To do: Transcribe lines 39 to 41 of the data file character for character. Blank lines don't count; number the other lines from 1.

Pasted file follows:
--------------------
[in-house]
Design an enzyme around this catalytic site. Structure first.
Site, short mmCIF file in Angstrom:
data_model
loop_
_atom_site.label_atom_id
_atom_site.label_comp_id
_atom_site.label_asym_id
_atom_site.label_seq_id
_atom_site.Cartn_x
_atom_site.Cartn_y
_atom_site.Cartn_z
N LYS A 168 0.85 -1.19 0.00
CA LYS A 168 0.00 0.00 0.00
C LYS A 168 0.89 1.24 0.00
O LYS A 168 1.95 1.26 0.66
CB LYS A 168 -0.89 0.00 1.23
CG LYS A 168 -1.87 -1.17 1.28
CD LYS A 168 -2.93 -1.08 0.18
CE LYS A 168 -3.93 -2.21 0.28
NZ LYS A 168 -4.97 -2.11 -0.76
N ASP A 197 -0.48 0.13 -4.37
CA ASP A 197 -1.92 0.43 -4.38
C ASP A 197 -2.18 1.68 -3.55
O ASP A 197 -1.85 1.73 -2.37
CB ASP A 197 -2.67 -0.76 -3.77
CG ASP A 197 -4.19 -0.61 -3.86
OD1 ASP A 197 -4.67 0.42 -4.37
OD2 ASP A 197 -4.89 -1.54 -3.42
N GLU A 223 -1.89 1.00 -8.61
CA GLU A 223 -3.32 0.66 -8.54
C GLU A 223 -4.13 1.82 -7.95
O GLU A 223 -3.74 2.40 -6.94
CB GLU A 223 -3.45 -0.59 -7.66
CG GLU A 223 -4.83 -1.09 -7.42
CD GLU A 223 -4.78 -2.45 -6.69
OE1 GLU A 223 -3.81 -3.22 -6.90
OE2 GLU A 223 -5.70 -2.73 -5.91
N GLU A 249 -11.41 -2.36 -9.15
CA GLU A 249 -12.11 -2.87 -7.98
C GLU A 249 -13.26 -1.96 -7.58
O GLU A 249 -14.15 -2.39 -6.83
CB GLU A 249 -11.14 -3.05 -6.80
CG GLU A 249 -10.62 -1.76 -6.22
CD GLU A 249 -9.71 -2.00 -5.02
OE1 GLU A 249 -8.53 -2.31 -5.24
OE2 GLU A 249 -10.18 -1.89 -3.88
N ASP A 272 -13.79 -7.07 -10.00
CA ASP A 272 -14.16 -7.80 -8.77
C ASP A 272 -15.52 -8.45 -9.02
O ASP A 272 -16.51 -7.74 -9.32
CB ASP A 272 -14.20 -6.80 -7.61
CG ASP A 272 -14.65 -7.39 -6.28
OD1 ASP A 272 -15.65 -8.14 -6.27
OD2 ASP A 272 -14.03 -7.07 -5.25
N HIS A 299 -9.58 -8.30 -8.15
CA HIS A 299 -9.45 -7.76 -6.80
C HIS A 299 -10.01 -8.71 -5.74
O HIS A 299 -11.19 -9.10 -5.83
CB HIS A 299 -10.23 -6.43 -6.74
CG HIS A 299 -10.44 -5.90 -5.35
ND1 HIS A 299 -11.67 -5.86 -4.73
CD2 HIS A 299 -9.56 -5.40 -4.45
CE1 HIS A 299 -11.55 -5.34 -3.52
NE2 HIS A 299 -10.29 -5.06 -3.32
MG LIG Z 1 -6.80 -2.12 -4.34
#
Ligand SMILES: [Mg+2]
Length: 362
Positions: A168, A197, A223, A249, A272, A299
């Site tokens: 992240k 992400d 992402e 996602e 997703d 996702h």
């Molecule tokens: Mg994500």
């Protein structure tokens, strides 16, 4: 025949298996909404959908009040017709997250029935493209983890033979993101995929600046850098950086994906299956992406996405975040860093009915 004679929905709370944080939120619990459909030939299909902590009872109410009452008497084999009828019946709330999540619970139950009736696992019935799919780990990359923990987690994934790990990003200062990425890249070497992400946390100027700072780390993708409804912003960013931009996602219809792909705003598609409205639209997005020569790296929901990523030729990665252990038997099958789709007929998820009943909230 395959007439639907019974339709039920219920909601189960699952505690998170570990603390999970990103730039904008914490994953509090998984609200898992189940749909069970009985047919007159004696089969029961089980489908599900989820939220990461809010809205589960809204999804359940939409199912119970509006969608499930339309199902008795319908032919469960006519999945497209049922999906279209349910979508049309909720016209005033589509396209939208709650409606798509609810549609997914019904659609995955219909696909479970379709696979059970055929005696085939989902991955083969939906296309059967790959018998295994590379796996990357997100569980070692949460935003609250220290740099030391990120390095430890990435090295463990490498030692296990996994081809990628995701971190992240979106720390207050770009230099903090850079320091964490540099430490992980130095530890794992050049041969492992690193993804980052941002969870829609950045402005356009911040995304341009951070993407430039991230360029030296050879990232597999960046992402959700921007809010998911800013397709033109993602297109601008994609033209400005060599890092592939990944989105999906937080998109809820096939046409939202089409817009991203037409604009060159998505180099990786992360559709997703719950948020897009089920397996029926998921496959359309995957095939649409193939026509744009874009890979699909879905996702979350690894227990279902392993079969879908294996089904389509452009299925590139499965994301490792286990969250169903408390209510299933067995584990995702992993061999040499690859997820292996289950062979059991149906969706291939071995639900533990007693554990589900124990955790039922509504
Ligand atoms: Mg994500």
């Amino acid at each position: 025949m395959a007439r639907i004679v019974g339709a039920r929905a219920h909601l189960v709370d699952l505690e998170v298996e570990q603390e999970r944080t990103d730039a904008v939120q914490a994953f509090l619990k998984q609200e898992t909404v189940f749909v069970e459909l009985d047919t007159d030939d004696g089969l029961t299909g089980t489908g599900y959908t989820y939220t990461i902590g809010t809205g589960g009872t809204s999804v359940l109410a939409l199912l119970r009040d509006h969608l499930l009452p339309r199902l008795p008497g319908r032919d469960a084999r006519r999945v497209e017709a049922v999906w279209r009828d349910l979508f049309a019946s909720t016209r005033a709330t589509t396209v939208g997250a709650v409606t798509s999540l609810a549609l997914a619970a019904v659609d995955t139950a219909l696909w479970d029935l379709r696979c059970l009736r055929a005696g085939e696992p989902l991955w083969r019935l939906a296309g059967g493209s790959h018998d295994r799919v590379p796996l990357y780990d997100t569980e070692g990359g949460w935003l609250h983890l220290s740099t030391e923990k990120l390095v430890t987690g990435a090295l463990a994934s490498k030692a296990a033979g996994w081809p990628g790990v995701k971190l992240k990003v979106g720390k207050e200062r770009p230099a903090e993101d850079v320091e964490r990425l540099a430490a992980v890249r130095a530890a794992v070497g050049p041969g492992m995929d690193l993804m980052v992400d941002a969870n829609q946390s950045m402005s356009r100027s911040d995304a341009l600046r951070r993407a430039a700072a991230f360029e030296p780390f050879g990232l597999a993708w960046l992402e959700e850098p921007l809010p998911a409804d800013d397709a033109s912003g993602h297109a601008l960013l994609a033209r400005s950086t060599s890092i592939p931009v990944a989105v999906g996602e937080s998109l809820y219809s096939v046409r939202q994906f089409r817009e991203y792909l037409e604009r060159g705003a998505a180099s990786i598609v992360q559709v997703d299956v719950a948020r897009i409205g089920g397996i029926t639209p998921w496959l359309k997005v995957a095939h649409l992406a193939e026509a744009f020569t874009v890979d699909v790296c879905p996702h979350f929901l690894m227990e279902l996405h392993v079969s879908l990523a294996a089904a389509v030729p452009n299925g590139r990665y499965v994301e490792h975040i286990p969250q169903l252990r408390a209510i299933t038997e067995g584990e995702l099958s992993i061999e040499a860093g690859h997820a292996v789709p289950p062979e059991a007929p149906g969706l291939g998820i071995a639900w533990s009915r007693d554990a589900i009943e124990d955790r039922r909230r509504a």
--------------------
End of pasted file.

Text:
N GLU A 249 -11.41 -2.36 -9.15
CA GLU A 249 -12.11 -2.87 -7.98
C GLU A 249 -13.26 -1.96 -7.58